C, N and chlorophyll contents increase when C. tenuiflora is associated with B. conferta. Thus, haustoria effectively acquire not only water and minerals but also C and N. Hemiparasitic plants have a double strategy for resource acquisition. They combine their own photosynthetic activities with the parasitism of other species with a host-to-hemiparasite flux of organic C (Tesitel et al. 2010b). In our study, C increases by 40 % in C. tenuifora individuals parasitizing B. conferta and decreases by 32 % in B. conferta individuals parasitized by C. tenuiflora. Hemiparasitic plants are green and perform photosynthesis; however, at the same time, they attack the vascular system of other species and exploit the host’s xylem sap, which contains water, mineral nutrients and organic C (Irving & Cameron 2009). Despite the low organic C concentration in xylem, the extensive amount of solutes acquired from the host can also result in significant heterotrophic C gains (Tesitel et al. 2010a), which has been observed not only in Rhinanthus but also in numerous representatives of other root-hemiparasitic species, including Euphrasia (Tesitel et al. 2010a), Striga (Press et al. 1987) and Olax (Tennakoon & Pate 1996). The acquired C from host xylem sap may come from C attached to N-based solutes, amino acids, and organic acids (Marshall & Ehleringer 1990). The acquisition of C and N (and other nutrients) may also be linked and regulated by the parasites’ rate of photosynthesis (Tesitel et al. 2015). The actual product acquired from the host (xylem sap) does not contain large amounts of C to begin with, therefore C assimilation allows for the further growth of the parasitic plant, as evidenced by an increase in leaf area, delay in leaf senescence and increase in RUBISCO activity (Watling & Press 1997). However, C acquisition depends on many factors, such as the development stage of the parasitic plant, the host species and environmental conditions (Tesitel et al. 2011). C acquisition is difficult to follow, owing to its rapid metabolization in the parasitic plant into other compounds, such as hexoses, mannitol and starch (Westwood 2013).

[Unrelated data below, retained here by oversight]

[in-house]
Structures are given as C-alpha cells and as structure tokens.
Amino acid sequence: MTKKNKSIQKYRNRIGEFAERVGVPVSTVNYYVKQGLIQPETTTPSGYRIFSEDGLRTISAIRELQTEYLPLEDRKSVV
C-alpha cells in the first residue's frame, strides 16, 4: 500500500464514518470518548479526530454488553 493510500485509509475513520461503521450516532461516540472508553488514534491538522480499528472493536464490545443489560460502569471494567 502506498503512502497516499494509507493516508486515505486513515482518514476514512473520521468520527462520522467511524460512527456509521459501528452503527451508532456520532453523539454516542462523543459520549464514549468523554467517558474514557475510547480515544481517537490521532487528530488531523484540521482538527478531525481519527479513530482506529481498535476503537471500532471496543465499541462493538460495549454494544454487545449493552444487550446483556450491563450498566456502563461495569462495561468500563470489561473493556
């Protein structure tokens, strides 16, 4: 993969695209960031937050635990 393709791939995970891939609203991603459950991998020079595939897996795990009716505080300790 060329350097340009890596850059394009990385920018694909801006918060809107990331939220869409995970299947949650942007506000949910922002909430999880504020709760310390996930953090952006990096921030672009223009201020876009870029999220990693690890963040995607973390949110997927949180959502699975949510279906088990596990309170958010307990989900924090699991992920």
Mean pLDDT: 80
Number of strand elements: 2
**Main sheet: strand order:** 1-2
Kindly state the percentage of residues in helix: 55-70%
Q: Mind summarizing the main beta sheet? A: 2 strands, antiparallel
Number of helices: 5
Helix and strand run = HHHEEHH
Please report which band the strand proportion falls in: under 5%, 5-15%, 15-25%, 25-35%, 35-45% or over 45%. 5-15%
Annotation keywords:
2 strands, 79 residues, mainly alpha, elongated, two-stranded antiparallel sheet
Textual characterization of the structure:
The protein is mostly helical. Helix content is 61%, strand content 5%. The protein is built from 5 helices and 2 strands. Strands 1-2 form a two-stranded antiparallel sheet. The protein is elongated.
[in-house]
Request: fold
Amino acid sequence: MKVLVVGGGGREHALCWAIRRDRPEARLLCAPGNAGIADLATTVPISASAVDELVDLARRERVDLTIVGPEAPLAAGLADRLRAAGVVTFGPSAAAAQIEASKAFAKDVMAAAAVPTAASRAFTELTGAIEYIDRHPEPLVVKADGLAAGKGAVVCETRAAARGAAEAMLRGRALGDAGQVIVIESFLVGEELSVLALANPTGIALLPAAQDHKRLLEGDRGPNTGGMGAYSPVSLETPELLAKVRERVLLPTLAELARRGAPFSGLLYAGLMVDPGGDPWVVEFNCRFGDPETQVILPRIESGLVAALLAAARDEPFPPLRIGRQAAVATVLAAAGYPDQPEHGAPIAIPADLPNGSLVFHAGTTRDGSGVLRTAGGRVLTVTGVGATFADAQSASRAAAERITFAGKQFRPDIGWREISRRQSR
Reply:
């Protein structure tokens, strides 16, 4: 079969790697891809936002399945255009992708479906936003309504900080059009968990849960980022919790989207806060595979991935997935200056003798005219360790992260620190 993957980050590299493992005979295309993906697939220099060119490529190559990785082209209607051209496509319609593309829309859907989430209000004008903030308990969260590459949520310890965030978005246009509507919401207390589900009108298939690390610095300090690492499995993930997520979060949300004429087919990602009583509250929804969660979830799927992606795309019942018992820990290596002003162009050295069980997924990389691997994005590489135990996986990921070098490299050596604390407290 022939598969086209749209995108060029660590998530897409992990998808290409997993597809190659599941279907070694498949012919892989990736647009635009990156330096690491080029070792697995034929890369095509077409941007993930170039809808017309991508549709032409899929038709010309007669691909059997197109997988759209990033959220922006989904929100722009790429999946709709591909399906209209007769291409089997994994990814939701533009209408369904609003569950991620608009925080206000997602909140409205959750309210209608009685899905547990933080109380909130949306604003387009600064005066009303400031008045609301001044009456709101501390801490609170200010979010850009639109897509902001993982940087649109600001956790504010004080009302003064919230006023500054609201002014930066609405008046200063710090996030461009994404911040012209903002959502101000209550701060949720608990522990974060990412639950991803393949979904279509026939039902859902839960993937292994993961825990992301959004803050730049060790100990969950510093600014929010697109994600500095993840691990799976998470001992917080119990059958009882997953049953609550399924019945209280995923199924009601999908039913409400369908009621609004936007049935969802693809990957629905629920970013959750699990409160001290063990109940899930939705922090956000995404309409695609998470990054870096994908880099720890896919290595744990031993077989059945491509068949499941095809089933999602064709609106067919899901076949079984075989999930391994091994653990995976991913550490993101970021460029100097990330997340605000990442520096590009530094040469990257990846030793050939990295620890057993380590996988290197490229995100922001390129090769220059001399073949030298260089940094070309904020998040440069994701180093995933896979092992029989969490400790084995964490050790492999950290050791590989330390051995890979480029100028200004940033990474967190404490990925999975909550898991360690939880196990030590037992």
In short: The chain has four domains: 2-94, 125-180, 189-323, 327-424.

The acquisition of N in associated parasitic plants has been reported, and research has focused specifically on understanding the effects of N on parasitic plants. Cechin & Press (1993) reported an increase in the N concentrations in leaves of Striga hermonthica (Delile) Benth., associated with Sorghum sp., compared with leaves of non-associated S. hermonthica. Furthermore, it was observed that the rate of photosynthesis of S. hermonthica increases with N concentration augmentation, owing to increase in chlorophyll and RUBISCO activity (Cechin & Press 1993). These data are consistent with the results obtained in this work, in which the concentrations of N (17 %) and chlorophyll increased slightly in leaves of C. tenuiflora growing in hemiparasitic relationships with B. conferta (no significant difference). Thus, it was hypothesized that the increase in the N and chlorophyll contents may have significant effects on the rate of photosynthesis in C. tenuiflora. Studies on different species of parasitic plants (Bartsia trixago L., R. minor, S. hermonthica and Thesium chinense Turez) indicate that the N content is greater when parasites interact with their hosts, and that a high content N content is reflected in the increase in the aboveground biomass, photosynthesis rate and chlorophyll content. Additionaly, it is also reflected in higher growth and reproduction rates for the hemiparasites (Luo & Guo 2010).


This research was financed by the Secretaría de Investigación y Posgrado del Instituto Politécnico Nacional (grants 1623-20150389) and by the Consejo Nacional de Ciencia y Tecnología (CONACyT-México) (Grant CB-2013-01-220007). EMH is indebted to CONACyT for an awarded fellowship and to the Programa Institucional de Formación de Investigadores (BEIFI-IPN). We thank MSc. María Berenit Mendoza Garfías for adquisiton of photos in scanning electron microscope, Dr. José Victor Tamariz Flores for the determination of C and N and Lesley Benyon, PhD, from Edanz Group ( for editing a draft of this manuscript.

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Associated editor: Silvia Aguilar Rodríguez

Received: September 19, 2018; Accepted: January 08, 2019

* Corresponding author: Gabriela Trejo-Tapia, e-mail:

Author contributions: EMH, KBT and GTT designed the research; EMH and JLTE performed the experiments. ESZ contributed with the histological and histochemical methods. EMH, KBT and GTT wrote the manuscript with the contributions of all the authors. GTT edited the manuscript.